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New Jersey
08401
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Thursday, April 10, 2003

Rare and Endangered Species Finding Threatens to Delay Major County Highway Improvement

Plans to alleviate traffic congestion in Atlantic County by widening Wrangleboro-Pomona Road into a four lane highway may have encountered an unexpected delay. The requisite environmental study performed for the county by Parsons Brinkerhoff has identified six different rare and endangered species along both sides of the roadway, including the Elfin Butterfly.

According to County Executive Dennis Levinson, the findings are not insurmountable but do lengthen the time frame for the project and increase the costs. "This problem exemplifies how difficult and time consuming it can be to implement traffic improvements that otherwise seem simple and straightforward. We have programmed the widening of Wrangleboro-Pomona Road because of the serious need to improve highway safety and north-south access in Atlantic County. This is inherently a very costly and difficult project. Our plan is to accomplish it in phases. We had planned improvements to the intersection of Tilton and Pomona Roads, a major point of congestion, this year. Now it does not look as if it will happen in that time frame since the approval process just got much more complicated," Levinson said.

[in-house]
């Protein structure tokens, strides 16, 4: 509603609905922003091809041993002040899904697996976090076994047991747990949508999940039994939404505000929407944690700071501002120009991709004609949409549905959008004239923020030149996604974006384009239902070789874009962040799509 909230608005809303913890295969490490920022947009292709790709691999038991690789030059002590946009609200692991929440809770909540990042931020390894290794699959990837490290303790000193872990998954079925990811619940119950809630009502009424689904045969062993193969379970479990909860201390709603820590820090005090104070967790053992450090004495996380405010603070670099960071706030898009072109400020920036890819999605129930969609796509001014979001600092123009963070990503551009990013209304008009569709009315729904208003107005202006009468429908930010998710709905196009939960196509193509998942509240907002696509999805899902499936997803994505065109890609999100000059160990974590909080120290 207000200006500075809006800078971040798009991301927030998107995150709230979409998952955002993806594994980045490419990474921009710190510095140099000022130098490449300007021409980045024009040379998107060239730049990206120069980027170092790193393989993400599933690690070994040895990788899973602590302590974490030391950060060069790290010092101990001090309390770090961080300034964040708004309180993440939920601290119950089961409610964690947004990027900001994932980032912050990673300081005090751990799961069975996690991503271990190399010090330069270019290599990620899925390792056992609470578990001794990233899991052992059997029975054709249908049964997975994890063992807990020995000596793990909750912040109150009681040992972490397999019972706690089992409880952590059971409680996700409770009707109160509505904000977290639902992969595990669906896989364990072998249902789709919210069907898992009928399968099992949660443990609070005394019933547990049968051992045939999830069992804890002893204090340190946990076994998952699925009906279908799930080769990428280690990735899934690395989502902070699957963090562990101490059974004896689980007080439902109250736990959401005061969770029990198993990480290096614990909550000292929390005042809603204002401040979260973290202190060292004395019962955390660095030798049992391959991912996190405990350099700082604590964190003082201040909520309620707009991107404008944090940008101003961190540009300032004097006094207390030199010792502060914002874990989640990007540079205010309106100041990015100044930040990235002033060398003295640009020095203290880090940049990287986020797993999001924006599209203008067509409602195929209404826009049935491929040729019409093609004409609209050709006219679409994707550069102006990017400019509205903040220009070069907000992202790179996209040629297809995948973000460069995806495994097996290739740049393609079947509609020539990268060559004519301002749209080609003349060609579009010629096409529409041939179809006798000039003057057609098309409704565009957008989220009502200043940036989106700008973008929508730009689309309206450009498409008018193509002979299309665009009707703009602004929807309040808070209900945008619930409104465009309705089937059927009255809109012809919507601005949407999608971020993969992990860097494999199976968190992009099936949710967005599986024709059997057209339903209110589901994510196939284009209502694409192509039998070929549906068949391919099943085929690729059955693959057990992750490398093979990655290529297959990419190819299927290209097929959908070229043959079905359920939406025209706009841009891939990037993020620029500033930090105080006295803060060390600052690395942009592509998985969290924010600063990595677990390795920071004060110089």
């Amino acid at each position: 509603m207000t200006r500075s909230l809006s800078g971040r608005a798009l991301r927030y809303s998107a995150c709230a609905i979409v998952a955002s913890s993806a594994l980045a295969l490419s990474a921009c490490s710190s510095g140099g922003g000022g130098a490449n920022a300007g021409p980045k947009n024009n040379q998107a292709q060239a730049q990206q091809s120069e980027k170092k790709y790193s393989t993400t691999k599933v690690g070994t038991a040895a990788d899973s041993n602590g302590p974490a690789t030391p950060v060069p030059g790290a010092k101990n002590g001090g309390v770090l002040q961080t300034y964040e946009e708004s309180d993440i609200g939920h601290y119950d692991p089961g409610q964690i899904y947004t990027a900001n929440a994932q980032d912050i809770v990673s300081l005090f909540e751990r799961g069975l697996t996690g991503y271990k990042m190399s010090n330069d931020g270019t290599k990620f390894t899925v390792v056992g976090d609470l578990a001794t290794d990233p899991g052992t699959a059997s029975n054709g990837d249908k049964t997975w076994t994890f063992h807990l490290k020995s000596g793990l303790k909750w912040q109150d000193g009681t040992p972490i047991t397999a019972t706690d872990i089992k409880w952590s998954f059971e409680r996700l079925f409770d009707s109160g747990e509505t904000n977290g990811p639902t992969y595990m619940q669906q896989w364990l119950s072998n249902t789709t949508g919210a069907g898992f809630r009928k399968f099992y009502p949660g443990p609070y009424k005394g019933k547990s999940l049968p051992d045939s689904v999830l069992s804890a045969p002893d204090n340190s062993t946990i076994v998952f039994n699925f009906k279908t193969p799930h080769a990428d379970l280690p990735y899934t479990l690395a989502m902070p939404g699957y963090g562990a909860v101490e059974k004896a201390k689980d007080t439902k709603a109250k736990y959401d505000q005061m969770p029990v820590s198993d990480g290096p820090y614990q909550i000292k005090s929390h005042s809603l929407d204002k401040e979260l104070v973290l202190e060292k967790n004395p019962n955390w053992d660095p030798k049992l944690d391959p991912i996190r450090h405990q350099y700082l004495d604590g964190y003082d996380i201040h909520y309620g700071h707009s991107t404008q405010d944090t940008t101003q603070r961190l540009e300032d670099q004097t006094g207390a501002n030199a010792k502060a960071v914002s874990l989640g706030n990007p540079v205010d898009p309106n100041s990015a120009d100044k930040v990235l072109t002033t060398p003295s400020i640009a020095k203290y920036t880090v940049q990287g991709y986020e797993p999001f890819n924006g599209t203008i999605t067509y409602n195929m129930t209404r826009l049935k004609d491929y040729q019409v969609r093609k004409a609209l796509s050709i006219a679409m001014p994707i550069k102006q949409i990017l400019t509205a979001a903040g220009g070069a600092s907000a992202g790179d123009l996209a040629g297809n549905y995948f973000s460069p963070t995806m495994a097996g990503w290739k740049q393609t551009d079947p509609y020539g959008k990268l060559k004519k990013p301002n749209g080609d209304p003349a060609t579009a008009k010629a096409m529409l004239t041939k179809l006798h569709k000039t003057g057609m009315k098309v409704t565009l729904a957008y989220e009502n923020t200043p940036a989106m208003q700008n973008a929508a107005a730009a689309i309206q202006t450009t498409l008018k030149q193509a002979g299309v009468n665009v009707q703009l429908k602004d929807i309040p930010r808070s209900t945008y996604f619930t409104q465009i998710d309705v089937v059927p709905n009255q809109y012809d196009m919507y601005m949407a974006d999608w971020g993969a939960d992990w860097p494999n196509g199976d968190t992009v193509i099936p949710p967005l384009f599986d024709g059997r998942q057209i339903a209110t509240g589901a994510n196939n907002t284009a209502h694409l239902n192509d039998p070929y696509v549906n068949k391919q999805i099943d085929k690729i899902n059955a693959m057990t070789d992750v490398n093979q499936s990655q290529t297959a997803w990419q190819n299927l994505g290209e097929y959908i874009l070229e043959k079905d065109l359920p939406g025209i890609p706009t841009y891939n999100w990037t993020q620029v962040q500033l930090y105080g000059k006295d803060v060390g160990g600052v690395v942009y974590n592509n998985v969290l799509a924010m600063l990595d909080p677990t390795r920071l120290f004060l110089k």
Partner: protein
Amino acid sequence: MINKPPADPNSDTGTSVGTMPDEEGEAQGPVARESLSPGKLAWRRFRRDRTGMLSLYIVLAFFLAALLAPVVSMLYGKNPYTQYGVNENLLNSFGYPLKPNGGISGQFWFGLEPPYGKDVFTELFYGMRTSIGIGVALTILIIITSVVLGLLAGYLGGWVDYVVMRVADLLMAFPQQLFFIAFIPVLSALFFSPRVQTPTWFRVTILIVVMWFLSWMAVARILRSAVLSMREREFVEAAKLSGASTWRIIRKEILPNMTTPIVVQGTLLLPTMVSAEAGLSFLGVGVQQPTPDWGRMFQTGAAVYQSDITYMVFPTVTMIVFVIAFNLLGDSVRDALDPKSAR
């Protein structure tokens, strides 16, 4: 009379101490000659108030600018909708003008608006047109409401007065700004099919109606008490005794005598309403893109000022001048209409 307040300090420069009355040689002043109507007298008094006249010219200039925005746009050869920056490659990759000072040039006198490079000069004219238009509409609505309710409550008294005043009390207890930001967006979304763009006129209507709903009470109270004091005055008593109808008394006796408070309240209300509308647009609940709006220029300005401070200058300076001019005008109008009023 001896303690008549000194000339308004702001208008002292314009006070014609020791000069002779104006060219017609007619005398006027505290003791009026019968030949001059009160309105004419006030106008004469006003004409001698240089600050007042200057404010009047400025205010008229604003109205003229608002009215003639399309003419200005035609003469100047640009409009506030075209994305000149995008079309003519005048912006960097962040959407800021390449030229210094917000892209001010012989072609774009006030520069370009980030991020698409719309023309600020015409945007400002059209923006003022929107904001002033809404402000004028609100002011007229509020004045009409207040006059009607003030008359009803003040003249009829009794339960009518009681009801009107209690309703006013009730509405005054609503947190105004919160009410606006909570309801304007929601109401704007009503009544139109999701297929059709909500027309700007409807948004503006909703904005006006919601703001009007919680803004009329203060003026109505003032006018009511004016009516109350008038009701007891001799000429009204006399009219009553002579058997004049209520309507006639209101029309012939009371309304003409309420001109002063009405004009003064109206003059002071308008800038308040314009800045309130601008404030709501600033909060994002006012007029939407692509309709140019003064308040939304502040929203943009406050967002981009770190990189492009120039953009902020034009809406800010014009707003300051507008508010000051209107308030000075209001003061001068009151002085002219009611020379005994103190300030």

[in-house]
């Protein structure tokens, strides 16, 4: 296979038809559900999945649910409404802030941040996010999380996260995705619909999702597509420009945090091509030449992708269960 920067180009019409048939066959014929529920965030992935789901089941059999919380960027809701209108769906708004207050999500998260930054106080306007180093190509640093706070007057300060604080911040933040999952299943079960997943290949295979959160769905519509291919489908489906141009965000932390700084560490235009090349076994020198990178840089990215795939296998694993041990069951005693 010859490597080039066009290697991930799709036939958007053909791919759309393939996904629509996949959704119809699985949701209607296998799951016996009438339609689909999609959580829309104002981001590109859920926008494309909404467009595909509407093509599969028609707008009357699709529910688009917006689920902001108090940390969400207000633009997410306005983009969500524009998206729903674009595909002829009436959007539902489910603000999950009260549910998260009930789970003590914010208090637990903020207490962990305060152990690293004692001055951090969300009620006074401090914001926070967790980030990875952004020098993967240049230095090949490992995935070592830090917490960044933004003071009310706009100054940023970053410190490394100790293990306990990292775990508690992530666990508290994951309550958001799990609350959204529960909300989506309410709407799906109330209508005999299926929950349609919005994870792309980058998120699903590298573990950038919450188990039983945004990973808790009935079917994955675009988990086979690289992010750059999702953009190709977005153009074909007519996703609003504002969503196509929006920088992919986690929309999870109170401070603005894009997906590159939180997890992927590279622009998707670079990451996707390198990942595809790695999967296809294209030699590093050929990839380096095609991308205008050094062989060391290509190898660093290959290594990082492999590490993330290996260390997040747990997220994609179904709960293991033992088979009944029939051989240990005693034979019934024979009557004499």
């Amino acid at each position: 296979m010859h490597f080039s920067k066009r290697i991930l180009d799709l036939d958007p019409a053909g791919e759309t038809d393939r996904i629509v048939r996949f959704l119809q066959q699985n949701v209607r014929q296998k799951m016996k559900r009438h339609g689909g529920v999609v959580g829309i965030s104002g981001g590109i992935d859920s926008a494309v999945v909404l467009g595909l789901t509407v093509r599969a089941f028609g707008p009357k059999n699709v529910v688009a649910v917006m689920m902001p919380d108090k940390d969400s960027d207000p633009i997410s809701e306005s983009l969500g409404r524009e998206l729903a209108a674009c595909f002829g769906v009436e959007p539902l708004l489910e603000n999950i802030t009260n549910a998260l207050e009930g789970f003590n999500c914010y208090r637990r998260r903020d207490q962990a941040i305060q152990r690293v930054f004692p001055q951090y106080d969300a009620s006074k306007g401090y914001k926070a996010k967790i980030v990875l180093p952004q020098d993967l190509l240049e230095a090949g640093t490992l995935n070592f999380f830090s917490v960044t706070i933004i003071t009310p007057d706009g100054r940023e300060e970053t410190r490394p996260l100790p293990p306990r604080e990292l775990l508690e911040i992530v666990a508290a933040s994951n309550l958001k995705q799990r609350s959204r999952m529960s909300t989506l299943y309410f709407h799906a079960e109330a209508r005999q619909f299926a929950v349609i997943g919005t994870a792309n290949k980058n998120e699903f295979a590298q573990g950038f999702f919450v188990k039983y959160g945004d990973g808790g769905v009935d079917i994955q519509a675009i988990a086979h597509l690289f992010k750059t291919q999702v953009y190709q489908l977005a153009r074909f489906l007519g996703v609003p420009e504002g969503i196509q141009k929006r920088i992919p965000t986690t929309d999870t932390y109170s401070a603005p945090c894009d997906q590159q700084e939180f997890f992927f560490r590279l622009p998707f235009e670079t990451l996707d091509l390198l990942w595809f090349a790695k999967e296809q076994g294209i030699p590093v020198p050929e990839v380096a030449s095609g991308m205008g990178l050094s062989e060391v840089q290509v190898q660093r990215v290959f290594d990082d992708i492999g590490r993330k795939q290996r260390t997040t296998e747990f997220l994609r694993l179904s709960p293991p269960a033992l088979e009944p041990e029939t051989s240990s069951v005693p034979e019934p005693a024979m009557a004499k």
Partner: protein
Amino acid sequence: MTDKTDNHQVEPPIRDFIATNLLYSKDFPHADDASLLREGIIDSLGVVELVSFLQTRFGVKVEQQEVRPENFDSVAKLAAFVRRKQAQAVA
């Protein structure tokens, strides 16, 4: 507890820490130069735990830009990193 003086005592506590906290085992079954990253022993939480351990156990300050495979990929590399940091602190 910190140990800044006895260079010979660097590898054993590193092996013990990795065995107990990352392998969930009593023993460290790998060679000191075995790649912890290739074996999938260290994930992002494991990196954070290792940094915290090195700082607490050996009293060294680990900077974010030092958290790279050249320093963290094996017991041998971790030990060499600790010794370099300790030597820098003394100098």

The county has submitted a development application to the Pinelands Commission and they appeared supportive of the need to improve safety along this roadway Levinson said. However, since land owned by the FAA Tech Center must be acquired, the finding of rare and endangered species will require further review with several federal environmental agencies. These agencies will then have to agree and coordinate their recommendations and mitigation strategies with state environmental agencies.

Despite these difficulties, the widening of Pomona-Wrangleboro Road into a major four lane highway remains a key priority of his administration, Levinson said. "I am and always have been concerned about environmental issues. My record on open space preservation shows that. However, the environmental concerns must be balanced with the needs of our residents to travel safely.

For more information contact Joe Maher, Department Head of Planning, at 645-5898

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